Sharing Data — benefits & opportunities, blockers & constraints


  • Data sharing as a driver of improved data quality;
  • Data is more readily discoverable, available, accessible and usable for internal users (as well as external users);
  • Reduced overhead (human effort and transaction costs) of managing data exchange through standard licenses rather than multiple, separately negotiated (and hard to enforce) Memorandums of Understanding (MoU);
  • Increased availability of data in machine-readable formats increases opportunities for the automation of tasks, releasing skilled staff for other activities which fully utilise their skills — improving both efficiency and staff engagement;
  • Improved recognition for the stewardship role undertaken by an institution arising from the implementation of terms and conditions in standard licences for data use which mandate the acknowledgement of data providers;
  • Improved data resilience resulting from data sharing; and
  • Improved user requirements for processing systems based on a sound understanding of data.


  • Growing demand for data — and growing evidence of that demand and of the value of the data;
  • Growing a network of active users of data who can help to iterate the use case, prioritise datasets and maintain the usefulness of the data — prioritising the most widely requested data in the right format and at the highest quality, and enabling ‘collective learning and capacity building’ for everyone in the network (including staff within implementing institutions);
  • Development of new partnerships that can meet the user needs; and
  • Development of new services relating to data e.g. training sessions on how to use data.

Blockers & constraints


  • Data quality not being good enough — fear of embarrassment;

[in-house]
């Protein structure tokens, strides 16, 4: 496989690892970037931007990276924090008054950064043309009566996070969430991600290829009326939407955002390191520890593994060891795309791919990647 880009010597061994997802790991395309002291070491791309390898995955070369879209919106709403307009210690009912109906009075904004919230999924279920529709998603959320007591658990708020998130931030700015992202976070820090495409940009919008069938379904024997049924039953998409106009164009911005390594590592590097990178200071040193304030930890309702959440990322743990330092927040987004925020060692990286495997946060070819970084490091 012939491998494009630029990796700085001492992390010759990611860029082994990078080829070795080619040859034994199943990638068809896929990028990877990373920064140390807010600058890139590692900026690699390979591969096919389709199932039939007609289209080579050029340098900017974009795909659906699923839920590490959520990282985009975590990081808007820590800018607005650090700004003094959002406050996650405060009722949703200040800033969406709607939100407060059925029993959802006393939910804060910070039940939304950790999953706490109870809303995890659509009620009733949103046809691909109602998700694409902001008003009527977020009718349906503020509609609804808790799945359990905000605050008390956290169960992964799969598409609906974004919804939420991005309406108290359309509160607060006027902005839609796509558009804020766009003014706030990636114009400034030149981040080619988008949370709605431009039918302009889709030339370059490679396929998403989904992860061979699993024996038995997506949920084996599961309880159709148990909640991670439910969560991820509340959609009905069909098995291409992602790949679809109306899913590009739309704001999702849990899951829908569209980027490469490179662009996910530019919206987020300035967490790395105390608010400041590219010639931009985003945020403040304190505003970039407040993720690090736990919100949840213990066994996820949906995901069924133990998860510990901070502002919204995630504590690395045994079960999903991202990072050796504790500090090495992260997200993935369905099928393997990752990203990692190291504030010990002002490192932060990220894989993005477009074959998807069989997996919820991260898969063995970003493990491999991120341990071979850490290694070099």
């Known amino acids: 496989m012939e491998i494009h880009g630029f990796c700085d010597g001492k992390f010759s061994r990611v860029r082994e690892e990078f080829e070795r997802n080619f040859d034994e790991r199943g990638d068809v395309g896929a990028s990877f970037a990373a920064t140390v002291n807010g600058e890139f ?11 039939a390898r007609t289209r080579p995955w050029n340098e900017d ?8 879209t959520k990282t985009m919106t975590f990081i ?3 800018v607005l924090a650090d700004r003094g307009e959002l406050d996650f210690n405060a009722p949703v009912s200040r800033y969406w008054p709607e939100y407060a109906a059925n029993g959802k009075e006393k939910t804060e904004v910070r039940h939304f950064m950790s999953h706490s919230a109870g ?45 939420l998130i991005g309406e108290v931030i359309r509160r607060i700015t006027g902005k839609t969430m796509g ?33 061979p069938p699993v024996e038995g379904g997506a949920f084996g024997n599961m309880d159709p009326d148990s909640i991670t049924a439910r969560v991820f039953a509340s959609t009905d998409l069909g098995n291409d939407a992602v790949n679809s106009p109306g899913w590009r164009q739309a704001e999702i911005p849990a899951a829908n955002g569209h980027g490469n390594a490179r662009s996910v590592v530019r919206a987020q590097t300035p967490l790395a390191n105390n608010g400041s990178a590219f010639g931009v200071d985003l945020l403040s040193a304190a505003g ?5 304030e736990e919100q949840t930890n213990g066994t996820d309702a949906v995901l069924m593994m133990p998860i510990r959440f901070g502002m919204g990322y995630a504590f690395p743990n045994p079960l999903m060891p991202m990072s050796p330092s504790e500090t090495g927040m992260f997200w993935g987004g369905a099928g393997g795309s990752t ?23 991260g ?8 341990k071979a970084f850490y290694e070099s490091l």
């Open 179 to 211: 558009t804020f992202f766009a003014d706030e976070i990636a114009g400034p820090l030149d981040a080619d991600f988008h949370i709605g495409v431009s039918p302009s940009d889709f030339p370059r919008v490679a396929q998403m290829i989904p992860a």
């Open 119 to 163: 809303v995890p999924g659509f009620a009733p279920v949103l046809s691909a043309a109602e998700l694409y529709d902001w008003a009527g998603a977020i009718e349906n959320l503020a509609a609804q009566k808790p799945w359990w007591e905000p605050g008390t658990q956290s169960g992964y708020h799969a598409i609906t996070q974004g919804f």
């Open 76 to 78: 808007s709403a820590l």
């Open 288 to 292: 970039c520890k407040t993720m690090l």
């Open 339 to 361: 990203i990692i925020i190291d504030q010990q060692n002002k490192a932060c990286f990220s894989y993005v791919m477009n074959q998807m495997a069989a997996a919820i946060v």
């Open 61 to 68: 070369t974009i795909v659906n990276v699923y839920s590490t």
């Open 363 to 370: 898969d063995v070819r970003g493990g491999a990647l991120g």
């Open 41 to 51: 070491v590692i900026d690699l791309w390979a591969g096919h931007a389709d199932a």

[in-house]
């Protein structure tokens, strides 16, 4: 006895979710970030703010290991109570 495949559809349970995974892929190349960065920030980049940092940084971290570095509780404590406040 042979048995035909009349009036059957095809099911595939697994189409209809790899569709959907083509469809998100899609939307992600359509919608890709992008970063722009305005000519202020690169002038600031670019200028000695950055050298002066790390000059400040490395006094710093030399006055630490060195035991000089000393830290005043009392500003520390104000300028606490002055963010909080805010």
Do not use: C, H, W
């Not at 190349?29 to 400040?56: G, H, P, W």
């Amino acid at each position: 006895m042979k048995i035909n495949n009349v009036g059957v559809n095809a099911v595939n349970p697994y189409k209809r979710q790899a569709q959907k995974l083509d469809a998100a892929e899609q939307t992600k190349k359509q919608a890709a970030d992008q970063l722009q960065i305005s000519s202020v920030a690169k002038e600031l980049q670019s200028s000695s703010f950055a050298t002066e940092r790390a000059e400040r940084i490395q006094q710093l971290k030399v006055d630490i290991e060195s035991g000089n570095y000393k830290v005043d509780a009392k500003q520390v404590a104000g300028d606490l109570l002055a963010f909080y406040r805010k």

• Losing control of the data;
  • Giving data to ‘unauthorised’ users, especially in the case of sensitive data, such as that linked to national security or intellectual property;
  • Not being recognised, nor reimbursed, for the role of stewardship and the associated investment of resources (time, skills, finances).
  • What the data is, where it comes from and how it is produced (and what other datasets may have been used to produce it); and
  • How to use the data ‘properly’ — what can/ cannot be done with the data.


  • Lack of incentives for regulated utilities to invest, develop/ support open data systems;
  • Business cases for sharing specific data, or understanding of its value, are not obvious;
  • Desire to maintain competitive advantage relating to the provision of value-added services;
  • False expectation that significant revenue can be obtained from selling data which is often not the case (especially for data at low temporal and spatial resolutions), contributing to a reluctance to share data; and
  • Investment needs to protect the national interest, security, data rights and/or commercial sensitivities.

Regulatory/ legal

  • Uncertain, evolving (cross-sector) regulatory landscape regarding data;
  • Compliance concerns and law — including the risk of unnecessarily constraining activities as a result of incorrectly applying a law/ regulation ‘wholesale’; and
  • Management of consent, risks and liabilities for sharing data.


  • Lack of resources to supply/ receive data;
  • Lack of a secure, controllable environment supporting effective governance;
  • Lack of the ability to discover appropriate data according to requirements;
  • Lack of access to data in a standardised and structured way;
  • Concerns over data quality and a lack of trust in their provenance; and
  • Management of structural change and local variation across users.


-- || || Twitter: @agentGav // @icebreakerOne for climate+finance+data

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